Cybersecurity risk assessments play a crucial part in helping you maintain compliance with industry-specific security regulations. 

In a DevOps situation where you have built an agile and hyperactive system of fluid operations, continuous risk assessment becomes a necessity. The risk associated with the code has to be identified and mitigated every time you put it in production.

How to perform a Cybersecurity Risk Assessment?

In this section, we will go through a genetic flow of cyber risk assessment that may or may not apply to your specific case. Nevertheless, it’ll give you an overall understanding of the process.

  1. Identification of network and information assets

Your digital existence is supported by numerous appliances both software and hardware. It includes network connections, routers, switches, databases, server resources, third-party applications and extensions, and whatnot. A risk assessment identifies all assets, both internet-facing and internal along with network appliances, and creates an inventory.

  1. Identification of probable risk

Each one of these can potentially pose a threat to your security, but depending on your mode of business, some are more dangerous than others. A cybersecurity risk assessment aims to segregate those areas.

  1. Vulnerability scan

Once you have narrowed down the scope of the assessment, it is time to dive into the systems and operations to identify specific security vulnerabilities. An automated vulnerability scan can help with this. 

  1. Pentests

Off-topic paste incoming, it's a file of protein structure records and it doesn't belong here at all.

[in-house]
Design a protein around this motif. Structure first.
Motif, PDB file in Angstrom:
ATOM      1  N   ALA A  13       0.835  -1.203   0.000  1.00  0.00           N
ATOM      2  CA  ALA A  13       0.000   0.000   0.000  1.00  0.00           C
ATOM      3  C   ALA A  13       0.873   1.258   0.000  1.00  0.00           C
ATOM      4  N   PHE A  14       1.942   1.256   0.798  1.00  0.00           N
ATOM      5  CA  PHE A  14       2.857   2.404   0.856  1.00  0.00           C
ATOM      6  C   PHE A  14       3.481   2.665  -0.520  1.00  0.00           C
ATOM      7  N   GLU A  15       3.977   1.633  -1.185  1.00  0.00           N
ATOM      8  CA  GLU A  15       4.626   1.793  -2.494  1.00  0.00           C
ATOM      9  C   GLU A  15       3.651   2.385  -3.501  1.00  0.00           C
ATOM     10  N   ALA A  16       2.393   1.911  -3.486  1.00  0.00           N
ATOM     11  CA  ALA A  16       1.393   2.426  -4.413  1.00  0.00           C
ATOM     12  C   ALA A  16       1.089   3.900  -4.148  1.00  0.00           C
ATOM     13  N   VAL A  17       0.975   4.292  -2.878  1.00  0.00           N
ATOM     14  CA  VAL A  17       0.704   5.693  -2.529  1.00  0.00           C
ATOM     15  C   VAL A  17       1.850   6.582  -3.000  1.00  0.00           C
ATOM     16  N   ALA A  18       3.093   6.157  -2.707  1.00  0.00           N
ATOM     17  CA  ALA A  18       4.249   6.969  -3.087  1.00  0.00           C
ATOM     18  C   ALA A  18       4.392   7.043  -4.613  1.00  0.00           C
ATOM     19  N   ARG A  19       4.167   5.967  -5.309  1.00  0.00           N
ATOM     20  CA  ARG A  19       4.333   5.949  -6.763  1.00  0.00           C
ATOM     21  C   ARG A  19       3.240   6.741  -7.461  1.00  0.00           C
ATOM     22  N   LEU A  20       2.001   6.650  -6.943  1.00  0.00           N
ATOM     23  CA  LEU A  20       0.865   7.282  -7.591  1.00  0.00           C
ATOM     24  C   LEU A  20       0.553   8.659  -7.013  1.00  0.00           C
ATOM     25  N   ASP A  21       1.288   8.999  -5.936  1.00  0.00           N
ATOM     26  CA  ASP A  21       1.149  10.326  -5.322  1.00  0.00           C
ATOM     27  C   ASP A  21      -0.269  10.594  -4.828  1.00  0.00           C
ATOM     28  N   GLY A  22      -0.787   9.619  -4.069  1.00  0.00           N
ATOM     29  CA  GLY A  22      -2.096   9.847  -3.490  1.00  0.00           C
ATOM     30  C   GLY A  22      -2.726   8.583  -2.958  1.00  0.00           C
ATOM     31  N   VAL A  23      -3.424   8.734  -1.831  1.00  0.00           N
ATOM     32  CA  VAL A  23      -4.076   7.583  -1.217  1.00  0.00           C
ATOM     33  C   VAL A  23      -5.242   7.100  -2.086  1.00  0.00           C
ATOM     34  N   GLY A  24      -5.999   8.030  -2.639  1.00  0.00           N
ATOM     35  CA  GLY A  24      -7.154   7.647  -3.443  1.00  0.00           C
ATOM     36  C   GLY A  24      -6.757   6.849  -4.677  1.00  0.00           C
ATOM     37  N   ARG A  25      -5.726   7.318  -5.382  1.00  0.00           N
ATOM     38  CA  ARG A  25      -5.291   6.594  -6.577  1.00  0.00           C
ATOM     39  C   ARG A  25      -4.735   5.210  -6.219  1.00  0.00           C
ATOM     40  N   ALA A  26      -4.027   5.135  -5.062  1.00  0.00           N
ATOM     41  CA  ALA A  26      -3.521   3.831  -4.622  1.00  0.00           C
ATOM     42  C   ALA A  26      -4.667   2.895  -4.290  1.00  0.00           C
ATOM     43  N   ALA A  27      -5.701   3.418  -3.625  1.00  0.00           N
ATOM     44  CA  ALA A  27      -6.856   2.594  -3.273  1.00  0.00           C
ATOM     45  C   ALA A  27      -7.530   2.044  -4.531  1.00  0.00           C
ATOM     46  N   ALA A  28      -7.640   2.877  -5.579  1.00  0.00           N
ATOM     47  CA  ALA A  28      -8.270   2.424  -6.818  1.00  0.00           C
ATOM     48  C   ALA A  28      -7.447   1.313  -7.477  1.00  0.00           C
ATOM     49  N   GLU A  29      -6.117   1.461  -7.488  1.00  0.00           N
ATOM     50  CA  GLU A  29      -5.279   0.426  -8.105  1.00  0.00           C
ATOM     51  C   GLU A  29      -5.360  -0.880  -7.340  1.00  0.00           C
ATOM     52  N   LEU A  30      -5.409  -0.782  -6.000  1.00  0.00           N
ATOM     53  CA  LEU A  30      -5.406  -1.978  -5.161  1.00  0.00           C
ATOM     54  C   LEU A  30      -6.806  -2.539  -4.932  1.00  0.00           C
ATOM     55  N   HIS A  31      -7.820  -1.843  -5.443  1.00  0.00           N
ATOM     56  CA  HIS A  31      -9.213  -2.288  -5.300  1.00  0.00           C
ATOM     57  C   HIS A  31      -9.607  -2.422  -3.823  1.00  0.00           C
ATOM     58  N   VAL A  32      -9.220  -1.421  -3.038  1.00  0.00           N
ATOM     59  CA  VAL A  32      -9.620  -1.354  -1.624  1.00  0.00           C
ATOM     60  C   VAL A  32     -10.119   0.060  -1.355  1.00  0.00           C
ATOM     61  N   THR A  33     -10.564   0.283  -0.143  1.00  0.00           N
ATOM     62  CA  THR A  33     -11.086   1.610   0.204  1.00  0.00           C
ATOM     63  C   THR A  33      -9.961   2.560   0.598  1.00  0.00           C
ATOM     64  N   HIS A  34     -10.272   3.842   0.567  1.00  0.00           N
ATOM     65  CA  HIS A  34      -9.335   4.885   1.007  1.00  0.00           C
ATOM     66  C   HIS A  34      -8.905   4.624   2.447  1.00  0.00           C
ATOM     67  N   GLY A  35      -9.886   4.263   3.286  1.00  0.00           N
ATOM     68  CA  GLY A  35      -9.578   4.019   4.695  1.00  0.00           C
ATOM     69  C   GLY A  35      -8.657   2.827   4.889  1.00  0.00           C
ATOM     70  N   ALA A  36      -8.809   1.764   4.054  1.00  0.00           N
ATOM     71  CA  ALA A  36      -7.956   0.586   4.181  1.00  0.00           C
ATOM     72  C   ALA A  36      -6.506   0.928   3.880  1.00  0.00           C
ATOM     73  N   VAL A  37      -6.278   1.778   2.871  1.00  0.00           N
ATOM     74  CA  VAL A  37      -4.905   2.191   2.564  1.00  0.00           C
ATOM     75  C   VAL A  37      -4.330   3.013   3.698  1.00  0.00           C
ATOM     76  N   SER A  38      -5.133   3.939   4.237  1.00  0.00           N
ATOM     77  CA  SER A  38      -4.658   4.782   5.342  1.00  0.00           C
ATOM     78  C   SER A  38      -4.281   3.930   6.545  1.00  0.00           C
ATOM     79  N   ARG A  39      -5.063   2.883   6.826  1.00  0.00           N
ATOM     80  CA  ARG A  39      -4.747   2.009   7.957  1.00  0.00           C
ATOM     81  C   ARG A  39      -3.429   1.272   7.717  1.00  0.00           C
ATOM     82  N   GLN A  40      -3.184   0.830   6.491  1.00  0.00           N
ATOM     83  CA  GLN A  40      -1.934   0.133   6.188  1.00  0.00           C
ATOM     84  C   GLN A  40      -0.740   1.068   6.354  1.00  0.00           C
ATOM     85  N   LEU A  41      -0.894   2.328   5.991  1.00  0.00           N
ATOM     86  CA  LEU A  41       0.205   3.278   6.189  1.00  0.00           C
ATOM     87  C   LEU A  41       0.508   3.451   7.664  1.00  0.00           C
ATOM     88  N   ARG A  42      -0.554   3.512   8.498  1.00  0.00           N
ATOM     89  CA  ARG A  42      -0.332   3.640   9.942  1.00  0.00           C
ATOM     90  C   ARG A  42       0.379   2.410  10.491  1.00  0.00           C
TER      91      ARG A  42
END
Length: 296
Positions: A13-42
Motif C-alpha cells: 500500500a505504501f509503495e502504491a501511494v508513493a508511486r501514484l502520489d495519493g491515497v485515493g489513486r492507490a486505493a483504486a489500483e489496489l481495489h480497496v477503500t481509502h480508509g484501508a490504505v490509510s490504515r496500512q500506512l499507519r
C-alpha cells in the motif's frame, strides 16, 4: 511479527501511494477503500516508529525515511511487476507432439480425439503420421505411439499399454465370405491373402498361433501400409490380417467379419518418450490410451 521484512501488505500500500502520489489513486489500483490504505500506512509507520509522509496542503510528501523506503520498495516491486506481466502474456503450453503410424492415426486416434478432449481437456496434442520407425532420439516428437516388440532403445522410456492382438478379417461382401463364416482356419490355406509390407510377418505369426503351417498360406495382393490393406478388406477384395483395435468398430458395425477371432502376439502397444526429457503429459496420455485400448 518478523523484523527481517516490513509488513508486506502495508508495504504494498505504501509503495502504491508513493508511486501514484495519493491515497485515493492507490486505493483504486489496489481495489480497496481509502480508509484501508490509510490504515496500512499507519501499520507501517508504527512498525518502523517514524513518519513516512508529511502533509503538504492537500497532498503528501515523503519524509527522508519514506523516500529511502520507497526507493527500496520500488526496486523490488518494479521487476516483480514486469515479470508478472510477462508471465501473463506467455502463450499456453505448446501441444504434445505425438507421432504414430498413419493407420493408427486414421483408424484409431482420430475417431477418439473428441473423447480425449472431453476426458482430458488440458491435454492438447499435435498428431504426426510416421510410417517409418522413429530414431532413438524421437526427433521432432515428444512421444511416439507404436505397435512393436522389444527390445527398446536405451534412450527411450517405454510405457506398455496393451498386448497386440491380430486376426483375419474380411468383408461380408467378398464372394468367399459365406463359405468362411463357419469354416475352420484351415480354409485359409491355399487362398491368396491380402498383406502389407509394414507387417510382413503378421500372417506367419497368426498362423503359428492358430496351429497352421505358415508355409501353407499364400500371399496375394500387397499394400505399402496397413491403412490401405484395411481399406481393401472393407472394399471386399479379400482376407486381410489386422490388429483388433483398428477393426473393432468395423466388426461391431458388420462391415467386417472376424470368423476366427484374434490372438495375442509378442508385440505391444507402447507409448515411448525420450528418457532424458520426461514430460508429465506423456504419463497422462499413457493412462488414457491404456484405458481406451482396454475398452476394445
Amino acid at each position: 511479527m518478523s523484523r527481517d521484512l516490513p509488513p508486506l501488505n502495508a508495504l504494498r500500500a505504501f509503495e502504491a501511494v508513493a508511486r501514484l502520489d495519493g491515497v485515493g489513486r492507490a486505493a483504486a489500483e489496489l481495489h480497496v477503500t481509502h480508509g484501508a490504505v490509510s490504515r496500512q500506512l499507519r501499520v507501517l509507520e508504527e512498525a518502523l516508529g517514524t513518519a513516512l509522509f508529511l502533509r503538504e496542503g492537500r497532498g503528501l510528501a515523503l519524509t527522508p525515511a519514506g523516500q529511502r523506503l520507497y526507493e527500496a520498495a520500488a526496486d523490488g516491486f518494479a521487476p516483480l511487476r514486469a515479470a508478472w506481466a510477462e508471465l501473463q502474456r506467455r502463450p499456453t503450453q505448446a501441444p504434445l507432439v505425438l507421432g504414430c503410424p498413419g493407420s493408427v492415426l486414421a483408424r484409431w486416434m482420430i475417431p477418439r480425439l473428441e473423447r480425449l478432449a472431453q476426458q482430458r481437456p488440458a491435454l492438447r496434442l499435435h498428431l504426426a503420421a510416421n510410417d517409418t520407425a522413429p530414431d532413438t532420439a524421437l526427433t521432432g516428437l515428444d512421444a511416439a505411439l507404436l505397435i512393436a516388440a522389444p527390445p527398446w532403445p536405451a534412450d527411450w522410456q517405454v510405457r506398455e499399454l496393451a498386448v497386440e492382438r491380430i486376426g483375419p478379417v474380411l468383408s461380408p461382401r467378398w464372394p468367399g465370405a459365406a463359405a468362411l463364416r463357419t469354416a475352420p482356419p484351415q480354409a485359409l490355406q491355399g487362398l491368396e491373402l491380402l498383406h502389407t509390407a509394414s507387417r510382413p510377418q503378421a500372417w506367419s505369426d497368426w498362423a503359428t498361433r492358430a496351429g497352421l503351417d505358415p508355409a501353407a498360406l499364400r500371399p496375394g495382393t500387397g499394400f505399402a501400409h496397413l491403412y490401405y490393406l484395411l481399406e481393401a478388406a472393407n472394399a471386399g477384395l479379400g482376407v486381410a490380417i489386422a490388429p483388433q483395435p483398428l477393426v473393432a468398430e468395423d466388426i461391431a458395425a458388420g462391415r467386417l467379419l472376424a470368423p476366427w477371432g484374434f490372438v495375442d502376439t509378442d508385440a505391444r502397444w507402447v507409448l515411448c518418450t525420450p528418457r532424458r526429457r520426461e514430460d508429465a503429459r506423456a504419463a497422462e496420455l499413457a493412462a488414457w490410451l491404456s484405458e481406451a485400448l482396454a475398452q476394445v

A penetration test applies hacker-style methods to find out how hard or easy it is to exploit security vulnerabilities present in your system. Once the scans and the pentest are done, you get a report that lists down all the vulnerabilities along with additional information about each of them.

  1. Evaluation and prioritization of vulnerabilities

The next step is to evaluate the vulnerabilities contextually – that is how threatening they are for your specific business. You can then prioritize the high-risk and critical vulnerabilities and venture to fix them first.

  1. Resource allocation

Once you have a list of prioritized vulnerabilities ready, you can allocate time and personnel to the remediation of said vulnerabilities. This is not essentially a part of the risk assessment, but this is the culmination.

How are Cybersecurity Risk Assessments Different from Vulnerability Assessments?

Vulnerability assessment and risk assessment share a lightly complicated relationship. We’ll explain. Vulnerability assessment is a part of risk assessment and yet it goes way beyond the purview of a risk assessment. 

At the same time, the first step to a vulnerability assessment is narrowing down information assets that need to be assessed through a risk assessment. If you want to dive deep into this, we’ve done a detailed comparison of Risk Assessment vs. Vulnerability Assessment

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4 Benefits of Regular Cybersecurity Risk Assessments

You have already learned the importance of keeping an eye on IT security risks at all times. There are more benefits of regular risk assessments apart from being able to keep track of your organization’s security posture.

  • Creates an inventory of all crucial information assets:

You’re often unaware of the information assets your organization is dealing with. Risk assessments are a great way to keep track of these.

  • Identify internal threats

A survey by Verizon in 2022 reported that 82% of data breaches are caused by human error. Cyber security risk assessments can help you identify the areas where human error is highly probable. You can then take the necessary steps to educate the employees about the matter.

  • Maintain compliance

Regular risk assessments and mitigation campaigns ensure that you periodically eliminate the vulnerabilities that might mess with your organization’s compliance with relevant security standards. Moreover, the documentation generated by the assessments keeps you audit ready.

  • You develop a vision for a secure organization